To initiate a process called “Dynamic Dewetting,” the researchers will use electrical voltages to force liquids placed on certain types of surface to form specific shapes, such as triangles and squares, and then retract.
The study aims to provide new understanding of how liquids can behave and interact and will have important implications for industrial use. Screen printing, for example, is only successful because of the way that the ink droplets interact with the solid surface. This enables them to form the final shapes that one wants them to appear in.
In 2016, Science Advances published findings from the same team after it had observed, for the first time, the dewetting process and how to control how liquids spread out on surfaces. The techniques discovered have been implemented into software for use throughout the printing industry.
Professor Glen McHale is the principal investigator on the study.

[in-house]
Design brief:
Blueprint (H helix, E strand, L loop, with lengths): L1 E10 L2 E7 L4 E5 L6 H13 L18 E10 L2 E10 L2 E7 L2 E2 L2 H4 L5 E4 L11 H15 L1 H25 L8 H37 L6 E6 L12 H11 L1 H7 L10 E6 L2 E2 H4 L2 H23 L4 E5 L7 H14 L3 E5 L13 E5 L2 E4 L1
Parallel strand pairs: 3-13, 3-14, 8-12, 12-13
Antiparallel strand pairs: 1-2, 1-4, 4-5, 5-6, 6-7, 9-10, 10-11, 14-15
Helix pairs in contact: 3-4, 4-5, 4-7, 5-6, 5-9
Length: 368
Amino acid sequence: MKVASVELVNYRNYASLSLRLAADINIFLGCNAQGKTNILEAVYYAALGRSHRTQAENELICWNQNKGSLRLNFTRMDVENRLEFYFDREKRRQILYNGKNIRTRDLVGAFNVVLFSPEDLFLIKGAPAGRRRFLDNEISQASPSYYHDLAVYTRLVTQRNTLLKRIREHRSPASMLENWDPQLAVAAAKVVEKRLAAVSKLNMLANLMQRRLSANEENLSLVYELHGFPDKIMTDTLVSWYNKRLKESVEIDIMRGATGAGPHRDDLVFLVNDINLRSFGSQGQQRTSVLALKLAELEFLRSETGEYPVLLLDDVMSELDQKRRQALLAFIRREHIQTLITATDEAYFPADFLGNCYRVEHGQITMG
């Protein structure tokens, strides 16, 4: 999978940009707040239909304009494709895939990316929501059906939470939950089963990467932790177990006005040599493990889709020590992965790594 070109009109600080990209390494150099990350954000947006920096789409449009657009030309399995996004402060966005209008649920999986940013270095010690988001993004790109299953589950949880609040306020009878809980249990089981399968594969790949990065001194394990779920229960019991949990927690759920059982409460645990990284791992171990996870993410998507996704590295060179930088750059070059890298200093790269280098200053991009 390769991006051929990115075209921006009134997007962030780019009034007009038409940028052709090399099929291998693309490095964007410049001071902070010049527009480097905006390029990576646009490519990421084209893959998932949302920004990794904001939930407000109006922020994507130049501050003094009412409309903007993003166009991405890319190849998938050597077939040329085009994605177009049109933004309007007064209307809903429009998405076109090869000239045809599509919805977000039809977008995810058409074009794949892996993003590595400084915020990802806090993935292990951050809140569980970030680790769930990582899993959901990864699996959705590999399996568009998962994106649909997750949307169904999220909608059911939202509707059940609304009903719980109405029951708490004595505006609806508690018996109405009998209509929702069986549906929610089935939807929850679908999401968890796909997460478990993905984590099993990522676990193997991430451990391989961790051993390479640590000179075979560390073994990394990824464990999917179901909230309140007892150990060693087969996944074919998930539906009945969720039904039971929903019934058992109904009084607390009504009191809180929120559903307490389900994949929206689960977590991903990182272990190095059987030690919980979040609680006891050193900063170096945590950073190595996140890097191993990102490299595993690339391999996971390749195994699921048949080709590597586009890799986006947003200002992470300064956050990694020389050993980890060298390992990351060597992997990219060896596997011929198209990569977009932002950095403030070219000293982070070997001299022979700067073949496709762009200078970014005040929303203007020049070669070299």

“When a liquid is deposited on a smooth surface, the wetting process means that it spreads across the surface until it becomes a film or reaches an equilibrium droplet shape,” McHale said. “If we think about liquids splashing, for example, the splash spreads out in a film as far as it can go across the surface. Look closely and you’ll see it becomes flatter in the middle and fatter around its edges. Dewetting is the opposite of this process and occurs when a fluid retracts from a surface and forms a droplet.
“In this study, we will look at liquid that normally wouldn’t form a film on a smooth surface,” he continued. “By introducing an electrical voltage, we will encourage the liquid to spread into a non-naturally occurring shape, such as a triangle, a square or a star. We also intend to investigate new ways in which we can detach and reattach droplets or bubbles onto surfaces in a controlled manner.
“This science has never previously been possible. Our analysis of how the liquids behave and evolve will provide the industry with the ability to finely control the application of liquid films for printing or coatings,” McHale concluded.
Northumbria’s Smart Materials and Surfaces Laboratory researches how surfaces with particular properties, or with properties that can be changed by external forces, can shape liquids. They also undertake research into how surfaces can reduce drag and be made either super-repellent or super-slippery.